Starting any business from the ground up is no mean feat, and building a customer base is one of the trickiest parts to master, particularly if you're stepping into a crowded space with lots of competition. So, what if you could get people queuing up when you're still pre-product?
Building a waitlist of engaged customers interested in what you're going to sell can act like rocket fuel once you launch. It can give your business a much-needed head start while others are scrambling for their first few sales. It can also help validate your business model, encourage valuable customer feedback and aid you in locking in funding or investment. The waitlist model has shown to be increasingly popular among both direct-to-consumer (DTC) and business-to-business (B2B) companies. Here are two brands that show how it can be done – with significant success.
Blueprint – SMS marketing software
Adding value through content
In May 2020, the idea that Harvey Hodd had for his London-based software-as-a-service business Blueprint seemed to be ideal – conversational SMS was one way that businesses could keep in touch with their customers when stores were closed during Covid-19 lockdowns. The problem was that the business didn't yet have anything to sell. ‘We didn't have any proof or case studies,’ says Harvey. ‘We didn't have a product.’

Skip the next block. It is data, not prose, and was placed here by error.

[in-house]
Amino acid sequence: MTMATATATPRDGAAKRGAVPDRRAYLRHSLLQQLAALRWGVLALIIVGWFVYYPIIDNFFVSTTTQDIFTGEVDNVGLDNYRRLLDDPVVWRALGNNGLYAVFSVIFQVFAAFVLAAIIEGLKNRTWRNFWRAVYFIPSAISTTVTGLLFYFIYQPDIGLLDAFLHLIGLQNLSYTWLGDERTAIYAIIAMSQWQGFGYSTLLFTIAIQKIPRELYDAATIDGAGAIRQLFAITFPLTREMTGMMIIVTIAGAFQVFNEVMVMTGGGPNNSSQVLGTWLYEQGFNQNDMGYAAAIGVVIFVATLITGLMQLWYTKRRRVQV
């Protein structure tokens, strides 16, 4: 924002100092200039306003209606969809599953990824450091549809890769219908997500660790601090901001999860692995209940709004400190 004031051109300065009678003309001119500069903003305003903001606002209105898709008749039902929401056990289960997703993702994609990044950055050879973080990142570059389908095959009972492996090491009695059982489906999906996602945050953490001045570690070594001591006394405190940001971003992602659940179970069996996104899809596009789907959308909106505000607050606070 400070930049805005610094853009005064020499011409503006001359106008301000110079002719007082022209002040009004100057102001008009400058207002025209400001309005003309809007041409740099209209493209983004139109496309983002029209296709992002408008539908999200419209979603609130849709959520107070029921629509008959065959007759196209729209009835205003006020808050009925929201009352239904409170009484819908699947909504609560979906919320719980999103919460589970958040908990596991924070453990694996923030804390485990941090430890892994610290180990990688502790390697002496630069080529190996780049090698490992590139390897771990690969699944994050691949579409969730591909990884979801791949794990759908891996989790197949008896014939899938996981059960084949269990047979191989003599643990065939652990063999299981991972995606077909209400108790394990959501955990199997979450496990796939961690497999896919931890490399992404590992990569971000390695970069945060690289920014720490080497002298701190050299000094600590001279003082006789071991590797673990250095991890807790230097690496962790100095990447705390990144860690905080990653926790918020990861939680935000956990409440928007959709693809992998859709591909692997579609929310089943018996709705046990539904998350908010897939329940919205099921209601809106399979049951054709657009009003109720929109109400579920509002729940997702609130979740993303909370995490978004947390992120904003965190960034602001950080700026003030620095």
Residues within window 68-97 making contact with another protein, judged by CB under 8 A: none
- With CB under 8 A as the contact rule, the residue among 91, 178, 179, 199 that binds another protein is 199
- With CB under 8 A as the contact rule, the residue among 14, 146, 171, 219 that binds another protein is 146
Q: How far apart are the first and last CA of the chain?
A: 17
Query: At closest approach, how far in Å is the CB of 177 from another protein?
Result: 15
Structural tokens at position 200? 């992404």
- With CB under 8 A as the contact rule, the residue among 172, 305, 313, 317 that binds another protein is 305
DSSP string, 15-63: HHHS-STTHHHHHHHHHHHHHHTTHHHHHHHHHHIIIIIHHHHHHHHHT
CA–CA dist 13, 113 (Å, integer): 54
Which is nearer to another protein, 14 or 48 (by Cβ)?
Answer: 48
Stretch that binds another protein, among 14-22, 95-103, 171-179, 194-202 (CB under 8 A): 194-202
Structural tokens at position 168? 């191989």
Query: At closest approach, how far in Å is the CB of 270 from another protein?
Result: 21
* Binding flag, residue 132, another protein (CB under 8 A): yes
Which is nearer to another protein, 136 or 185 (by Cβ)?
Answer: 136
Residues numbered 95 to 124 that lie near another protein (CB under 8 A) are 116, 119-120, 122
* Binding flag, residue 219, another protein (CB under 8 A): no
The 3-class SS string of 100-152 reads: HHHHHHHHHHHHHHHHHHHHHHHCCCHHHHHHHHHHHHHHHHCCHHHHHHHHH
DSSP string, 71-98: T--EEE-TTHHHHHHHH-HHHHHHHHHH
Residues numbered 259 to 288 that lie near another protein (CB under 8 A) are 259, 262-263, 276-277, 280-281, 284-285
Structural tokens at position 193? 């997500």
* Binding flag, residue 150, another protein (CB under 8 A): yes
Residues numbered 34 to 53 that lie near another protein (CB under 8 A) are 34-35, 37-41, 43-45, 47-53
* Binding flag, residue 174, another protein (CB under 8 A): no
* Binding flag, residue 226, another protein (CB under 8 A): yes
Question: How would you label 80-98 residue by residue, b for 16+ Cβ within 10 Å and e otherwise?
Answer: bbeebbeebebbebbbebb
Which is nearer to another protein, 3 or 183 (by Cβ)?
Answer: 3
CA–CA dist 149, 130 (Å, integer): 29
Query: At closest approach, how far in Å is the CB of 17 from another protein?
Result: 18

Yet he and his co-founder Rory Jeffries knew that they would create something – eventually. And they wanted to build brand loyalty in advance. So, they decided to launch a waitlist for their service, with interest to be generated by long-form guides and blogs on the subject of SMS marketing software.
‘Our main principle was to give some sort of value to an audience, regardless of whether [we had] a product ready,’ says Harvey. Each blog highlighted an issue that they believed their company could fix – and included a call to action, so readers could sign up to the waitlist and be among the first to be informed of the solution.
Putting content and calls to action out there before the company launched helped the duo build confidence that they were entering the right market and proved that there would be a customer base for them to serve. ‘It sounds really simple, but that drives a lot of initial interest,’ Harvey says.
Other methods helped build the waitlist. In September 2020, the company held a virtual event for early members of the waitlist designed to engender loyalty – and encourage others to sign up to avoid FOMO. Harvey launched and hosted a podcast, Work in Progress, that piggybacked on the audiences of large DTC influencers. Interviews from the podcast created ready-made content for blog posts, each of which drove between five and 10 new sign-ups.
The waitlist – and the sense of anticipation that stemmed from it – helped Blueprint to land £1 million in venture capital investment. ‘We had initial interest, and we could point to that interest,’ says Harvey. It proved that an audience would buy the product and reassured investors. ‘It became more binary than selling a dream.’
By the time it officially launched in December 2020, Blueprint had built up a 500-strong waitlist – and plenty of loyalty. ‘You can launch with a lot of momentum, and go from nothing to 10, 20 or 30 customers very, very quickly,’ says Harvey. ‘There's literally no excuse not to start building once you've got an idea.’ Harvey believes that the approach also helped Blueprint improve the product, by inviting sections of the waitlist to solicit feedback on features. ’It's building the product with customers before it's ready,’ he says. ‘That's going to build a better product, get them excited by it and, ultimately, build revenue.’